Once that is configured, run the command below:
cd wordpress.example.com/trellis trellis up
- Remote server setup (staging/production)
This is similar to local deployment only that local development automatically creates a virtual machine and provisions it.
Remember that a base Ubuntu 18.04|20.04 is required for the remote server. Here, the configuration used is
There are two concepts here:
Provisioning set up the server with the required software and configuration required for the WordPress site. In this stage, MariaDB and Nginx e.t.c are installed and configured.
Step 2 – Provision the Project
For this guide, we will a provision remote server using the steps below:
2.1 – Set up target hosts
We will begin by configuring the ansible hosts defined in the /hosts/env file.
Here, we have production and staging hosts. Choose one environment that best works for you. This guide aims to demonstrate how to provision production(with Let’s Encrypt SSL) and staging(with self-signed certificates).
- For Production
Open the below file for editing:
Add the remote hosts to both group and type as below:
[production] 192.168.205.11 [web] 192.168.205.11
- For Staging
If you choose to proceed with the staging setup, edit the hosts here:
Add your hosts to both the group and type as you did for the production hosts.
[staging] 192.168.205.11 [web] 192.168.205.11
Once the above configurations have been made, generate and copy SSH keys to the remote system.
ssh-keygen -t rsa ssh-copy-id -i ~/.ssh/id_rsa.pub username@remote_IP
2.2 – Defining Users.
The users are defined by the users.yaml file. Here, you need to you can also add the GitHub’ (SSH) keys by editing the file as below.
In the file, make the below settings. Remember to provide the remote user with sudo access under the admin_user.
# Documentation: https://roots.io/trellis/docs/ssh-keys/ admin_user: ubuntu
In our example, ubuntu is the remote server username.
2.3 – Configure Ansible vault password
The password variables are declared in the env/vault.yml files. Here, provide the sudo password, MySQL root password, database password e.t.c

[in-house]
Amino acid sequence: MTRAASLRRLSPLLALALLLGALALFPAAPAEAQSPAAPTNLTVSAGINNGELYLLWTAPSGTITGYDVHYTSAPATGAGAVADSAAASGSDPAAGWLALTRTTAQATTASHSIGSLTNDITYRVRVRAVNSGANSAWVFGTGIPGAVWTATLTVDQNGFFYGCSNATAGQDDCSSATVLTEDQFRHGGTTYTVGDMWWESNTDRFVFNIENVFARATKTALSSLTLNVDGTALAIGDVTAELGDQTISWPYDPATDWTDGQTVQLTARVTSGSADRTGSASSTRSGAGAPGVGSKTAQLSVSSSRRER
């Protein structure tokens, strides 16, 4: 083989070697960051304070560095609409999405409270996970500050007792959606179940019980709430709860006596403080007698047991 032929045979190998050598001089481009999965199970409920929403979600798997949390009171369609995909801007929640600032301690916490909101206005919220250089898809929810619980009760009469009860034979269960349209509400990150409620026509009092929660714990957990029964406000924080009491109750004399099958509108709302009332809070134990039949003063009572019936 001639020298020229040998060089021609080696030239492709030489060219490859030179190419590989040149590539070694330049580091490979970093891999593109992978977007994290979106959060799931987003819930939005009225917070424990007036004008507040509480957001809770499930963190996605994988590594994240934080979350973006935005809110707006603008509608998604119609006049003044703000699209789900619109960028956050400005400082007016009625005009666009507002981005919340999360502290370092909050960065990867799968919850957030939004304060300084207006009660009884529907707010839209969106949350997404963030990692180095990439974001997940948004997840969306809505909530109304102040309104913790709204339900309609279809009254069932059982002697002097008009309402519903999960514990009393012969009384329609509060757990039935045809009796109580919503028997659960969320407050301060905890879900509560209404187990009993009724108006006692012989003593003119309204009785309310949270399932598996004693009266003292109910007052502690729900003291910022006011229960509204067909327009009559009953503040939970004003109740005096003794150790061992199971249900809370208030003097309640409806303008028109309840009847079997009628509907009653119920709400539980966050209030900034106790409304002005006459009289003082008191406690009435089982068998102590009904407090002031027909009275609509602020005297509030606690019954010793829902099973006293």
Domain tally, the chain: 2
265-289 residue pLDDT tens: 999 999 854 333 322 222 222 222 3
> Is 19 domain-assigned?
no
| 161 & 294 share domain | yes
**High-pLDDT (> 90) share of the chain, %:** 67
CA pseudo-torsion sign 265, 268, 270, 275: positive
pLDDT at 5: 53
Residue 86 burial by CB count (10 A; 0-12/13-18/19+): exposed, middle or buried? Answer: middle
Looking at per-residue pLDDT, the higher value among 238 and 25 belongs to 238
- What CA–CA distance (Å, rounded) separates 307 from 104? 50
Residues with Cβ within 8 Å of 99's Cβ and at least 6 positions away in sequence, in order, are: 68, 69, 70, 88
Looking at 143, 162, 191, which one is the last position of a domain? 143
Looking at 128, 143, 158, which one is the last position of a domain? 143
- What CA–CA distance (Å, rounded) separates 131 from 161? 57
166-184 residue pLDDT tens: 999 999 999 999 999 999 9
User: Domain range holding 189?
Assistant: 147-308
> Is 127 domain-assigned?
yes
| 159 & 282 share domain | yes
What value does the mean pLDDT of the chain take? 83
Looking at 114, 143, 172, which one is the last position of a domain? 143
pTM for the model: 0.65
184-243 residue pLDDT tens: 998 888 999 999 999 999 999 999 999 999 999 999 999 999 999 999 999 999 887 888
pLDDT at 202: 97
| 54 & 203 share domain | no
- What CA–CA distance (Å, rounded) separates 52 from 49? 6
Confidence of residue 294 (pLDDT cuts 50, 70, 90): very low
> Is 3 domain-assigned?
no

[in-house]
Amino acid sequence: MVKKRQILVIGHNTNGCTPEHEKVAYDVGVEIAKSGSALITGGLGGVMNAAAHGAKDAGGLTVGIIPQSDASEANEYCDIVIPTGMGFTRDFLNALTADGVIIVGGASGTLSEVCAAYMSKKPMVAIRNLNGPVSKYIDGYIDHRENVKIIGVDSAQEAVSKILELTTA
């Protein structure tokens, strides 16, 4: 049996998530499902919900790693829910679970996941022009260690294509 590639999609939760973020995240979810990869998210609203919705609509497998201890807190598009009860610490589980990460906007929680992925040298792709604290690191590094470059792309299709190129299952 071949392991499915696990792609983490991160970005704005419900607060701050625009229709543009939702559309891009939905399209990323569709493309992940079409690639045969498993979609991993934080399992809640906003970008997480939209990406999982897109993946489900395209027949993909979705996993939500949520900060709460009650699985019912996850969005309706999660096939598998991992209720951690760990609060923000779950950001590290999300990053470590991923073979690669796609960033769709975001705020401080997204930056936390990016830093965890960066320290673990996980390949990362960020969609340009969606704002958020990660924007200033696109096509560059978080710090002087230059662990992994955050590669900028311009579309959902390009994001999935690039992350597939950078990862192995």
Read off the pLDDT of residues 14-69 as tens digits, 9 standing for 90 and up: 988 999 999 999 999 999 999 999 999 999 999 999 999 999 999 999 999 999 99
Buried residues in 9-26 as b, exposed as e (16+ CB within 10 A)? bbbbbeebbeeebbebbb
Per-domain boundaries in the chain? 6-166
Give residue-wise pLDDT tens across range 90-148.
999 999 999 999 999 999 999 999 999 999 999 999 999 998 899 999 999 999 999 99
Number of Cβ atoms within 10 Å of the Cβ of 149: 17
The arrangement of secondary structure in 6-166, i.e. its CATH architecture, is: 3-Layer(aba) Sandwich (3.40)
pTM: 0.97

##For Production vim group_vars/production/vault.yml ##For Staging vim group_vars/staging/vault.yml
Enter the password for the remote user, MySQL database and root passwords.
# Documentation: https://docs.roots.io/trellis/master/vault/ vault_mysql_root_password: RootDBPassw0rd vault_users: - name: ' admin_user ' password:
salt: r53NvbZaTcpFohekOetrDh9EXo14JdzJQaYOEsOQJfzbLgOcdeIgj4SJyHZF0dyr vault_wordpress_sites: wordpress.example.com: admin_password: Passw0rd env: db_password: Passw0rd
2.4 – Configure the Site Meta
This is where the essential site information is stored. This includes:
- set the canonical site URL (wordpress.example.com) for the site
- defined the URL for the repository
- the git repo branch that gets deployed.
- enabled SSL (set to true), which will also install an SSL certificate when the box provisions
Edit the files as below:
- For Production(with Let’s Encrypt SSL)
$ vim group_vars/production/wordpress_sites.yml wordpress_sites: wordpress.example.com: site_hosts: - canonical: wordpress.example.com redirects:  local_path: ../site branch: master repo: [email protected] repo_subtree_path: site multisite: enabled: false ssl: enabled: true provider: letsencrypt cache: enabled: false
- For staging(with self-signed certificates)